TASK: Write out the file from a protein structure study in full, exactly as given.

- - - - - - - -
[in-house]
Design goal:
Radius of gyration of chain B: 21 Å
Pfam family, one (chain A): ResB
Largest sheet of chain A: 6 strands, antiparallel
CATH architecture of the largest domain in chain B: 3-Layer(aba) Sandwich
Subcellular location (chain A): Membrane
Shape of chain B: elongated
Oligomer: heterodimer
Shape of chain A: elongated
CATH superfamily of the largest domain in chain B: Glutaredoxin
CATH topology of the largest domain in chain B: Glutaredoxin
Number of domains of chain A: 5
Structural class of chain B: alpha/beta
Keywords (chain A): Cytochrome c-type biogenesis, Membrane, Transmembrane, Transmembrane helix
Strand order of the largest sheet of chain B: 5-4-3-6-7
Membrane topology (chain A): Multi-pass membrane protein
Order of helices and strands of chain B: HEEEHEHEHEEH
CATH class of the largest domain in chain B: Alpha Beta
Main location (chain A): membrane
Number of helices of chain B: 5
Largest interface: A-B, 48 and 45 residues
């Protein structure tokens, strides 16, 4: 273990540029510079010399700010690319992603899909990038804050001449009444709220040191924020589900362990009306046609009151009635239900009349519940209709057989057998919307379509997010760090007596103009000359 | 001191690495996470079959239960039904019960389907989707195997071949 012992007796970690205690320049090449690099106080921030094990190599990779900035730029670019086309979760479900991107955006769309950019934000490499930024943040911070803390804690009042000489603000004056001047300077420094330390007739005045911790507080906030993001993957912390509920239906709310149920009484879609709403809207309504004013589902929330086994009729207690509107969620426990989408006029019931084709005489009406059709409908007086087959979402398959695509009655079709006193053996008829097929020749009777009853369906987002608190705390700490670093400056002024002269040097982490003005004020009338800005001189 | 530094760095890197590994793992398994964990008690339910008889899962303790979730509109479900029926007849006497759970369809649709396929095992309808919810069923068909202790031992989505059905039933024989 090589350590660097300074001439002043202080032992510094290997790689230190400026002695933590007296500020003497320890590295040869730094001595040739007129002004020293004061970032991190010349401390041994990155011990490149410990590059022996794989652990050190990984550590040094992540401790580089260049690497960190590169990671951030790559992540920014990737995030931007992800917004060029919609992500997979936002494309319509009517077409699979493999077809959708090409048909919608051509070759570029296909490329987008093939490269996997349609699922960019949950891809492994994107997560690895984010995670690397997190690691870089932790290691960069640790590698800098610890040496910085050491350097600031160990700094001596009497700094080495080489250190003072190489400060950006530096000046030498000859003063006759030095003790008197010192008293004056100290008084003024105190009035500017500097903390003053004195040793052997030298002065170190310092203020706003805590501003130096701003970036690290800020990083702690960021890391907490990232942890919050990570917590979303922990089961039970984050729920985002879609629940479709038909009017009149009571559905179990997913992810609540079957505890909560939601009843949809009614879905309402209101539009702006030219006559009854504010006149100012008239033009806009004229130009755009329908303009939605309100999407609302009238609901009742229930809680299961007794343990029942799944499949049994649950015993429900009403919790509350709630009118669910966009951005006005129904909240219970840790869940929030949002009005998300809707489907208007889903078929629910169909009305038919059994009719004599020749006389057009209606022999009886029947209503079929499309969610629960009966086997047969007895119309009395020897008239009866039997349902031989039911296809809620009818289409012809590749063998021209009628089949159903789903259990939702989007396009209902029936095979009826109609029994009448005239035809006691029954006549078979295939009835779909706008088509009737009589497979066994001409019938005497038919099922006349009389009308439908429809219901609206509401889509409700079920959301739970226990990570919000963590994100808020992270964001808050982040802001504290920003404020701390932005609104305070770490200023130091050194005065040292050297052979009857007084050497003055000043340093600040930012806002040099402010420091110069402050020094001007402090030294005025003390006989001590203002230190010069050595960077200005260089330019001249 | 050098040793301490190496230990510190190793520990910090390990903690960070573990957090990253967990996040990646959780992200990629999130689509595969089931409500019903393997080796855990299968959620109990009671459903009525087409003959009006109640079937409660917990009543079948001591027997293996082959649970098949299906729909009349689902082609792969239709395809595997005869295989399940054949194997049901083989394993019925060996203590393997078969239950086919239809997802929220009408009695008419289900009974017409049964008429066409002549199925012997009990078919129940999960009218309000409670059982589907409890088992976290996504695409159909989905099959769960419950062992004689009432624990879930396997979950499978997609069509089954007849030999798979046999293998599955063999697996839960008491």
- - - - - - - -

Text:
[in-house]
Design goal:
Radius of gyration of chain B: 21 Å
Pfam family, one (chain A): ResB
Largest sheet of chain A: 6 strands, antiparallel
CATH architecture of the largest domain in chain B: 3-Layer(aba) Sandwich
Subcellular location (chain A): Membrane
Shape of chain B: elongated
Oligomer: heterodimer
Shape of chain A: elongated
CATH superfamily of the largest domain in chain B: Glutaredoxin
CATH topology of the largest domain in chain B: Glutaredoxin
Number of domains of chain A: 5
Structural class of chain B: alpha/beta
Keywords (chain A): Cytochrome c-type biogenesis, Membrane, Transmembrane, Transmembrane helix
Strand order of the largest sheet of chain B: 5-4-3-6-7
Membrane topology (chain A): Multi-pass membrane protein
Order of helices and strands of chain B: HEEEHEHEHEEH
CATH class of the largest domain in chain B: Alpha Beta
Main location (chain A): membrane
Number of helices of chain B: 5
Largest interface: A-B, 48 and 45 residues
């Protein structure tokens, strides 16, 4: 273990540029510079010399700010690319992603899909990038804050001449009444709220040191924020589900362990009306046609009151009635239900009349519940209709057989057998919307379509997010760090007596103009000359 | 001191690495996470079959239960039904019960389907989707195997071949 012992007796970690205690320049090449690099106080921030094990190599990779900035730029670019086309979760479900991107955006769309950019934000490499930024943040911070803390804690009042000489603000004056001047300077420094330390007739005045911790507080906030993001993957912390509920239906709310149920009484879609709403809207309504004013589902929330086994009729207690509107969620426990989408006029019931084709005489009406059709409908007086087959979402398959695509009655079709006193053996008829097929020749009777009853369906987002608190705390700490670093400056002024002269040097982490003005004020009338800005001189 | 530094760095890197590994793992398994964990008690339910008889899962303790979730509109479900029926007849006497759970369809649709396929095992309808919810069923068909202790031992989505059905039933024989 090589350590660097300074001439002043202080032992510094290997790689230190400026002695933590007296500020003497320890590295040869730094001595040739007129002004020293004061970032991190010349401390041994990155011990490149410990590059022996794989652990050190990984550590040094992540401790580089260049690497960190590169990671951030790559992540920014990737995030931007992800917004060029919609992500997979936002494309319509009517077409699979493999077809959708090409048909919608051509070759570029296909490329987008093939490269996997349609699922960019949950891809492994994107997560690895984010995670690397997190690691870089932790290691960069640790590698800098610890040496910085050491350097600031160990700094001596009497700094080495080489250190003072190489400060950006530096000046030498000859003063006759030095003790008197010192008293004056100290008084003024105190009035500017500097903390003053004195040793052997030298002065170190310092203020706003805590501003130096701003970036690290800020990083702690960021890391907490990232942890919050990570917590979303922990089961039970984050729920985002879609629940479709038909009017009149009571559905179990997913992810609540079957505890909560939601009843949809009614879905309402209101539009702006030219006559009854504010006149100012008239033009806009004229130009755009329908303009939605309100999407609302009238609901009742229930809680299961007794343990029942799944499949049994649950015993429900009403919790509350709630009118669910966009951005006005129904909240219970840790869940929030949002009005998300809707489907208007889903078929629910169909009305038919059994009719004599020749006389057009209606022999009886029947209503079929499309969610629960009966086997047969007895119309009395020897008239009866039997349902031989039911296809809620009818289409012809590749063998021209009628089949159903789903259990939702989007396009209902029936095979009826109609029994009448005239035809006691029954006549078979295939009835779909706008088509009737009589497979066994001409019938005497038919099922006349009389009308439908429809219901609206509401889509409700079920959301739970226990990570919000963590994100808020992270964001808050982040802001504290920003404020701390932005609104305070770490200023130091050194005065040292050297052979009857007084050497003055000043340093600040930012806002040099402010420091110069402050020094001007402090030294005025003390006989001590203002230190010069050595960077200005260089330019001249 | 050098040793301490190496230990510190190793520990910090390990903690960070573990957090990253967990996040990646959780992200990629999130689509595969089931409500019903393997080796855990299968959620109990009671459903009525087409003959009006109640079937409660917990009543079948001591027997293996082959649970098949299906729909009349689902082609792969239709395809595997005869295989399940054949194997049901083989394993019925060996203590393997078969239950086919239809997802929220009408009695008419289900009974017409049964008429066409002549199925012997009990078919129940999960009218309000409670059982589907409890088992976290996504695409159909989905099959769960419950062992004689009432624990879930396997979950499978997609069509089954007849030999798979046999293998599955063999697996839960008491």